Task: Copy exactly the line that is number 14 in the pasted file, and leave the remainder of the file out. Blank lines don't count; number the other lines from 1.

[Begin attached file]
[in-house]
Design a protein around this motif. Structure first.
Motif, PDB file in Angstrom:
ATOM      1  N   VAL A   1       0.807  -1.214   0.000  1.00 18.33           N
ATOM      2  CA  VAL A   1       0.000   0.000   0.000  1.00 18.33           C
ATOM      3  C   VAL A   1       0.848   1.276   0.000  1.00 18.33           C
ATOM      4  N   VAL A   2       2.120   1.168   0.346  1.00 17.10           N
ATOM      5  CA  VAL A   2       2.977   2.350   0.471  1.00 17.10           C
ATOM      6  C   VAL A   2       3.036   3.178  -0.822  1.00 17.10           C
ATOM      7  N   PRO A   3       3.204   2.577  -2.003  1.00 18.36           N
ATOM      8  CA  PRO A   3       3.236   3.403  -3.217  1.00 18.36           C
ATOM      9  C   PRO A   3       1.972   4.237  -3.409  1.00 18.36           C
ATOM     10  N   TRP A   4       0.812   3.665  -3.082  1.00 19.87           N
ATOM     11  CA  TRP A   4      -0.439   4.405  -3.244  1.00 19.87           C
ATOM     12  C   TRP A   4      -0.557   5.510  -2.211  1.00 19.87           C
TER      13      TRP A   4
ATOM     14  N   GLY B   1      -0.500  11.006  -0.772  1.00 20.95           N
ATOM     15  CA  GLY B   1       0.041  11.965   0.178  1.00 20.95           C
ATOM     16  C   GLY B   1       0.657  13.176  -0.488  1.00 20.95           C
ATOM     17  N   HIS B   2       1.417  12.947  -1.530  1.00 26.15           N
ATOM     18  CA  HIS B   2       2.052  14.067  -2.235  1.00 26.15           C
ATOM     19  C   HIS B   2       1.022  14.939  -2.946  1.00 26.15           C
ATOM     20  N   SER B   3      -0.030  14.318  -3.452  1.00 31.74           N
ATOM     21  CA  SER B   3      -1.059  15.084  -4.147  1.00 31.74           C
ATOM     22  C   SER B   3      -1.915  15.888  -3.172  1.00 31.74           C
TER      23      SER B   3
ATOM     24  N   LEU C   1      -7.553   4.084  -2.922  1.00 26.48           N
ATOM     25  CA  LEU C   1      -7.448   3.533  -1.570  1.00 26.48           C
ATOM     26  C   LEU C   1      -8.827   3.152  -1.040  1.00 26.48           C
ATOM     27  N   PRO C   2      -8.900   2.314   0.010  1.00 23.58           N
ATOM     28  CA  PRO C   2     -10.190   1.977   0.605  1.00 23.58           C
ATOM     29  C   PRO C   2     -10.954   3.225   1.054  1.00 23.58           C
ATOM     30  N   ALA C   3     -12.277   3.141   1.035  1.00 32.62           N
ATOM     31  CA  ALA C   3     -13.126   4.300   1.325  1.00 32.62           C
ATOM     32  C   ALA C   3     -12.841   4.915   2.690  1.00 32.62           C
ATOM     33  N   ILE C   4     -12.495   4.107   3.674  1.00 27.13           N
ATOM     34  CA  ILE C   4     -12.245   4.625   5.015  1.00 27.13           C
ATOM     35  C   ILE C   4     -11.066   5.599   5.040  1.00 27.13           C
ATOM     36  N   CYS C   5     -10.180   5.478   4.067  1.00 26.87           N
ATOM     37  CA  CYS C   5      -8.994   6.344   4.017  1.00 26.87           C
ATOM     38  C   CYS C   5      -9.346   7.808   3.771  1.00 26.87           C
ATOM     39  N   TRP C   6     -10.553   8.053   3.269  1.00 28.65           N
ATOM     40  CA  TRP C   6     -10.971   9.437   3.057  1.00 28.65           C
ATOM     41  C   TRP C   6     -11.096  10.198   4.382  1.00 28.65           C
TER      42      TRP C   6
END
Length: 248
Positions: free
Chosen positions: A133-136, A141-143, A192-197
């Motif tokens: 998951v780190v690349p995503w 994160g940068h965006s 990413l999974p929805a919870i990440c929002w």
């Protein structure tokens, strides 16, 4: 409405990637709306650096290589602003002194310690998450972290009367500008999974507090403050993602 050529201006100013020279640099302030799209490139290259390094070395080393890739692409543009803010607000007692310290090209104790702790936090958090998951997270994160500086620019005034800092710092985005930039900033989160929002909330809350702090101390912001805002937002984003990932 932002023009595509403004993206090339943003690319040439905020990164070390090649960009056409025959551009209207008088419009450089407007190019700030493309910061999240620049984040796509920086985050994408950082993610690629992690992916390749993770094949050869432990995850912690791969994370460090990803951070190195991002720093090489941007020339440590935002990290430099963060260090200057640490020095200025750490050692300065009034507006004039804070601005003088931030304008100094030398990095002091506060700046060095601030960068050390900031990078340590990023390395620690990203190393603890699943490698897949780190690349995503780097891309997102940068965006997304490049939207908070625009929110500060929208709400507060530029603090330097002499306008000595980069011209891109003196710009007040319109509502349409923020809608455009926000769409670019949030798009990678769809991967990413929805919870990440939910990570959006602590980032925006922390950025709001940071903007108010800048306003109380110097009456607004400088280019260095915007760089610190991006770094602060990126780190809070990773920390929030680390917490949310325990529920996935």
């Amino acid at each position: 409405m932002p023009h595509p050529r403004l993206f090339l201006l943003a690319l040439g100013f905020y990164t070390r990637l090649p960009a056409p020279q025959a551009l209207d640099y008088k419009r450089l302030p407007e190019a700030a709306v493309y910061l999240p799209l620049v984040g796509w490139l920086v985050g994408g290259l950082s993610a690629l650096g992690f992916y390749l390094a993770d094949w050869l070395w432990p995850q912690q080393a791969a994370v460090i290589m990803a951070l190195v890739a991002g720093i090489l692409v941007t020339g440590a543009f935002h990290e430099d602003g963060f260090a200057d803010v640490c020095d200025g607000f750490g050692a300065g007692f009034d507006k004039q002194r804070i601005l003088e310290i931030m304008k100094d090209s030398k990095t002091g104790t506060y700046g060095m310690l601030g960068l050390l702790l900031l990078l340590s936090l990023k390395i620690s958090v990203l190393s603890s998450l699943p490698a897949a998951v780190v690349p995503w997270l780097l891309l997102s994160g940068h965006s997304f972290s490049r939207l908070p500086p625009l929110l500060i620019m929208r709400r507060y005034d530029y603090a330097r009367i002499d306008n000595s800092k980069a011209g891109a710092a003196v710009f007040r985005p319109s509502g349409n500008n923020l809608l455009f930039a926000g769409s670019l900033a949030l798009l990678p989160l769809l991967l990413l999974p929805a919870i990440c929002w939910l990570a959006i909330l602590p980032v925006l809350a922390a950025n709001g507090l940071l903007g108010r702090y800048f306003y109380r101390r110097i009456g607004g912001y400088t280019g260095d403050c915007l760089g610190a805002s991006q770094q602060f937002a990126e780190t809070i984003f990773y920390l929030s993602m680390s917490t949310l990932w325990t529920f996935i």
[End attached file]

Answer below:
ATOM     11  CA  TRP A   4      -0.439   4.405  -3.244  1.00 19.87           C